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To See Our Common/Place
PARALLEL online exhibition
online exhibition opening + artist talk
Thursday, 17 September 2020, 11:00

artists: Gustavo Balbela, Joahnna Karjalainen, Indrė Urbonaitė, Domonkos Varga, Shelli Weiler
curator: Eszter Erdősi

The artist talk will be moderated by Alessandro Vincentelli.

COMING SOON: https://toseeourcommonplace.parallelplatform.org

UGM | Maribor Art Gallery is announcing the international exhibition To See Our Common/Place as part of the PARALLEL – European Photo Based Platform, which is in the light of the post-pandemic situation presented as an online exhibition. It features five young photographers from Europe, USA and Brazil, and is curated by Eszter Erdősi. In their projects, the artists focussed on the global ecological crisis, which increasingly calls into question the existence of life on Earth. Eszter Erdősi describes the project as an attempt to reclaim an awareness of our own political situatedness and personal agency in the shaping of our societies and the environment. While the exhibition does not deny that positive change on a global scale will most likely come in the form of structural change, it reflects on the ways in which individuals may become aware of the existing socio-political systems, so that it becomes possible to transform or dismantle them. The project also seeks ways to step out of the dominant framework of these structures in order to grapple with the seemingly ungraspable nature of the environmental crisis, and encourage us to look for solutions that may contribute to the larger global picture. “Only by dissecting the crisis can we step out of our ecological paralysis, foster a discussion around it, and hopefully, rise above it in the near future.” (E. Erdősi)

To See Our Common/Place was developed this year by the young photographers within the framework of PARALLEL – European Photo Based Platform.

Gustavo Balbela (b. 1997, Brazil) uses photography as a base on which to discuss issues related to his culture and society. In the Letters to the Ultramarine series, he shows how processes of colonization, self-colonization and capitalism manifest in suburban Brazil. The photographs are devoid of human presence and filled with a sense of alienation, underpinned by an artificially constructed identity of the local environment.

Johanna Karjalainen (b. 1987, Finland) experiments with the boundaries of nature photography by often intervening physically within the image and natural surroundings. She uses different printmaking techniques to emphasize the materiality of a photograph, and her work is often inspired by the process of reduction. Nothing but Disappointing discusses the relationship between human and non-human beings, by encouraging the viewer to rethink the socially constructed perception of animals. Through the use of video footage and images of animals in captivity and on trails in northern Finland, Johanna Karjalainen challenges the notion of objectification, and seeks ways to acknowledge the non-human gaze.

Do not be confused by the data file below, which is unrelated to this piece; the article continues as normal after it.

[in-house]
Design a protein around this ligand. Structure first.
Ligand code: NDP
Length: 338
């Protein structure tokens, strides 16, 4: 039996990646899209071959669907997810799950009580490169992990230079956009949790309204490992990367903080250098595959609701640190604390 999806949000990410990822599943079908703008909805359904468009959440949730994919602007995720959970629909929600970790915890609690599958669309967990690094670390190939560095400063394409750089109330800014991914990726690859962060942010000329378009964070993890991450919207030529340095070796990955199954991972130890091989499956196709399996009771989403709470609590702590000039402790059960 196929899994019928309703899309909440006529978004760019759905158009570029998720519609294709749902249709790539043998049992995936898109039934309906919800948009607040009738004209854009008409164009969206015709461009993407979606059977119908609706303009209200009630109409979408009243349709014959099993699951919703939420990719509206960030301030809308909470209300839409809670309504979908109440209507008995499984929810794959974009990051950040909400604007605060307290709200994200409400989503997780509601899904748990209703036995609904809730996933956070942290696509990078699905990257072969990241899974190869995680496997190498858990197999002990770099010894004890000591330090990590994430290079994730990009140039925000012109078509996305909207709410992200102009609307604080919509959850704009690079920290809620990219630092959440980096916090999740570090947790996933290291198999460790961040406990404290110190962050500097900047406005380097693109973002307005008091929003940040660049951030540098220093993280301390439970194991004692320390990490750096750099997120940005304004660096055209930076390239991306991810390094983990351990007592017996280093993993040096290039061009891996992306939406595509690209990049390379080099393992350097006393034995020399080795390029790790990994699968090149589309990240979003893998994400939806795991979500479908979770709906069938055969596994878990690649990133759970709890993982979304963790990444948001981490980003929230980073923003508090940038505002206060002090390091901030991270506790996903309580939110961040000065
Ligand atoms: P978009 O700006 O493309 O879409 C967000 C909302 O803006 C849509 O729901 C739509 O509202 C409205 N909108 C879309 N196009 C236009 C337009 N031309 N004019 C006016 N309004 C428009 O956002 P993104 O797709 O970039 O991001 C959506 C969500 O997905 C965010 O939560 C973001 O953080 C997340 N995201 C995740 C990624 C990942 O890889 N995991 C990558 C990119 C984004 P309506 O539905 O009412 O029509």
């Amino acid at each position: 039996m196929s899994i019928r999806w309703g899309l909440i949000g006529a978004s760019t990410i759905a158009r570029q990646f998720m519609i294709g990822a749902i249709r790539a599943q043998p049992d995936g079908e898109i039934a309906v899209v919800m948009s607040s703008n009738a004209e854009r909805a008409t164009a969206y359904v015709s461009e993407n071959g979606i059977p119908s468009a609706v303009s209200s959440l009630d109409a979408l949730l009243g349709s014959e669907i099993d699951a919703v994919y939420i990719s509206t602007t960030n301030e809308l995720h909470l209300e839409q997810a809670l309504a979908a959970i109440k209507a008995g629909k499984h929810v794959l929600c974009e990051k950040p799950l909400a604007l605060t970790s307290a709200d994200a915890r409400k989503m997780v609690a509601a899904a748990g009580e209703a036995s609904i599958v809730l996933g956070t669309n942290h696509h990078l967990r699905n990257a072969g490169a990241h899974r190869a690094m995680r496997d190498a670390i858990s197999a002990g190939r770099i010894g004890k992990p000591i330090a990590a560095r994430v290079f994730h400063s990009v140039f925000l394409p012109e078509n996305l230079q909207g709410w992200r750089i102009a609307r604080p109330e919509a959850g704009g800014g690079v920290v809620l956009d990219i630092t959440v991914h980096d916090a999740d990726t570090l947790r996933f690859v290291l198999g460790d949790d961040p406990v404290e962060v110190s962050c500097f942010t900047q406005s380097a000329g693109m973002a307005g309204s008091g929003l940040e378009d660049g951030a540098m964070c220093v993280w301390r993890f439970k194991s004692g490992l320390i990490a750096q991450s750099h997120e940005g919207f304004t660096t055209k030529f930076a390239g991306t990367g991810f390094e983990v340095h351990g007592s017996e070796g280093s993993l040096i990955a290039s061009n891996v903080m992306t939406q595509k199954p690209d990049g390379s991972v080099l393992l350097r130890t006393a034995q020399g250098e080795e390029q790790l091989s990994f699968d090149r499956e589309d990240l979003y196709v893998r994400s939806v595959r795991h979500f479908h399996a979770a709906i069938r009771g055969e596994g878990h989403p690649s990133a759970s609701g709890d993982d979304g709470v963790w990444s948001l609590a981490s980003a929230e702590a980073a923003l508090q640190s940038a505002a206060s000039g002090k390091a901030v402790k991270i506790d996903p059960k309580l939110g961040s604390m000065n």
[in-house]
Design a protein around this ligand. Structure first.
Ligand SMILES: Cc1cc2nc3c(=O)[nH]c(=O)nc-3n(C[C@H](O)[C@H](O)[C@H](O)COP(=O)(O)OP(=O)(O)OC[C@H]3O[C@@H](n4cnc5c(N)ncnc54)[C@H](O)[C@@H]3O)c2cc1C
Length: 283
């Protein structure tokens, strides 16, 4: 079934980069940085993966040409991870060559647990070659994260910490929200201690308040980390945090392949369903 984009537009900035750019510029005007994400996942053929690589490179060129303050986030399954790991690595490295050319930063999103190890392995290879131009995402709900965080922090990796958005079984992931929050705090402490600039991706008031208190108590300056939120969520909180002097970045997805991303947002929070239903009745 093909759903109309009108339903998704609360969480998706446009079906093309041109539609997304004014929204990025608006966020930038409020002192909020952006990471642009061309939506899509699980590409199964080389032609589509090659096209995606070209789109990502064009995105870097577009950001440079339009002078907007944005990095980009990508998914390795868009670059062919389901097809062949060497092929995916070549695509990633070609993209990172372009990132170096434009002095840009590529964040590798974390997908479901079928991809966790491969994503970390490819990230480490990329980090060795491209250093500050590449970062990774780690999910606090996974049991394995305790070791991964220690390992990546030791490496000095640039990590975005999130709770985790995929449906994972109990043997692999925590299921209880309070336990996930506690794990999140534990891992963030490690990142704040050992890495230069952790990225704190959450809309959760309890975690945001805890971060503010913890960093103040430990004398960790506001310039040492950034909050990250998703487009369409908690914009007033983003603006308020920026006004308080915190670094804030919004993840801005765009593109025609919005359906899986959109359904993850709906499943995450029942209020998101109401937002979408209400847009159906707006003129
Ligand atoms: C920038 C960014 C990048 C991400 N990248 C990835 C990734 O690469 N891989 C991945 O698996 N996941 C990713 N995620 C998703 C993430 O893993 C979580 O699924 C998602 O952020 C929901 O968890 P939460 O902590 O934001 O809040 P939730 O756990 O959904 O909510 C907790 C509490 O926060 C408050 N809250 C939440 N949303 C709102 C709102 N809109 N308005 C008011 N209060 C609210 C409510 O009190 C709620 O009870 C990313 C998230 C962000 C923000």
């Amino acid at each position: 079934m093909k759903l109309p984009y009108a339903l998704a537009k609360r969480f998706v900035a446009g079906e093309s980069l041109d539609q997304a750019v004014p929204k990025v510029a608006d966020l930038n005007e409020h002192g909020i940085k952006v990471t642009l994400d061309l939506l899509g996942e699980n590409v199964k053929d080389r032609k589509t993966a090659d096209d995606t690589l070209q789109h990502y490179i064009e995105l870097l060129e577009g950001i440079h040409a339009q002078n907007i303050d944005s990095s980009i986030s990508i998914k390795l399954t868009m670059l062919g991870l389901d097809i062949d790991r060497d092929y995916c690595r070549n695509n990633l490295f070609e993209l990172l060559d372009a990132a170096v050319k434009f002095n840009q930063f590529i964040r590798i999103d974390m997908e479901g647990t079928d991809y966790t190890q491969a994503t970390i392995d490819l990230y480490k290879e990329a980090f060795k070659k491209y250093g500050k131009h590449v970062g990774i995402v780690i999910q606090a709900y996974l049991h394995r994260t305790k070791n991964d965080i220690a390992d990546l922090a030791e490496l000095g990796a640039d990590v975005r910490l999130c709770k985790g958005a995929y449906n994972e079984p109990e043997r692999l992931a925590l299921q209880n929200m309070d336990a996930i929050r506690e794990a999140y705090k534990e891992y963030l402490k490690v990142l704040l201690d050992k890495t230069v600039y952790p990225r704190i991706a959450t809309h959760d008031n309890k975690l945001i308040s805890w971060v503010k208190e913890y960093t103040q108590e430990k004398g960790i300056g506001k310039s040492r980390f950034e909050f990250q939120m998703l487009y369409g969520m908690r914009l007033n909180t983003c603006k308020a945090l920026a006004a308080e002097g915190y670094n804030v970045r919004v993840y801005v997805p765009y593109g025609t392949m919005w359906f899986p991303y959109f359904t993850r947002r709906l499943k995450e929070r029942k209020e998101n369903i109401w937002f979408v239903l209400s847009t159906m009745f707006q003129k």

Indrė Urbonaitė's (b. 1986, Lithuania) video installation Don’t Speak Loudly – It’s Harmful for Butterflies discusses the consumption of the image of a place, when it comes to tourism.  Her project uses stock images and negative reviews of various "must-see places" around the world, and explores the social construction of landscapes and the feelings of disappointment that are provoked by it.

Domonkos Varga’s (b. 1998, Hungary) project entitled Acts of Cassandra examines how utopian and dystopian ideologies relate to today’s technological and social changes. In his narrative, he covers a wide range of topics, from excessive techno-optimism and industrialism to social deformations of contemporary culture. He pessimistically presents futuristic phenomena, encouraging critical thinking and an evaluation of a rapidly changing world.

Shelli Weiler’s (b. 1996, USA) images from her False Spring series reflect on the way in which anthropogenic intervention and power structures disrupt regenerative cycles, as well as harmonious coexistence between human and non-human beings. Her project draws on tendencies of artificiality and performativity when it comes to the contemporary representation of flora and fauna in western culture, and discusses failures to correct the mistakes that stem from these patterns.

Eszter Erdősi (b. 1994, Hungary) holds a BA in History of Art and French from the University of Bristol, an MA in Art History from the Courtauld Institute of Art, and will begin her doctoral studies at the University of Edinburgh in autumn 2020. Her main focus of interest lies at the intersections of art and ecology, with a particular concern for the representation of non-human animals. Erdősi is drawn to theories of post-anthropocentrism, as well as to perspectives of climate justice and decolonisation in the context of art and the environment.

UGM I Maribor Art Gallery is one of the 18 members on the PARALLEL platform, led by Procur.arte, Lisboa. PARALLEL's aim is to create a collaborative space in the field of photography and contemporary visual arts. Over a four-year period (2017–2021), members work to create a recognizable exhibition platform for young photography, to disseminate the expertise of promising artists/curators and to develop new links between young artists and institutions.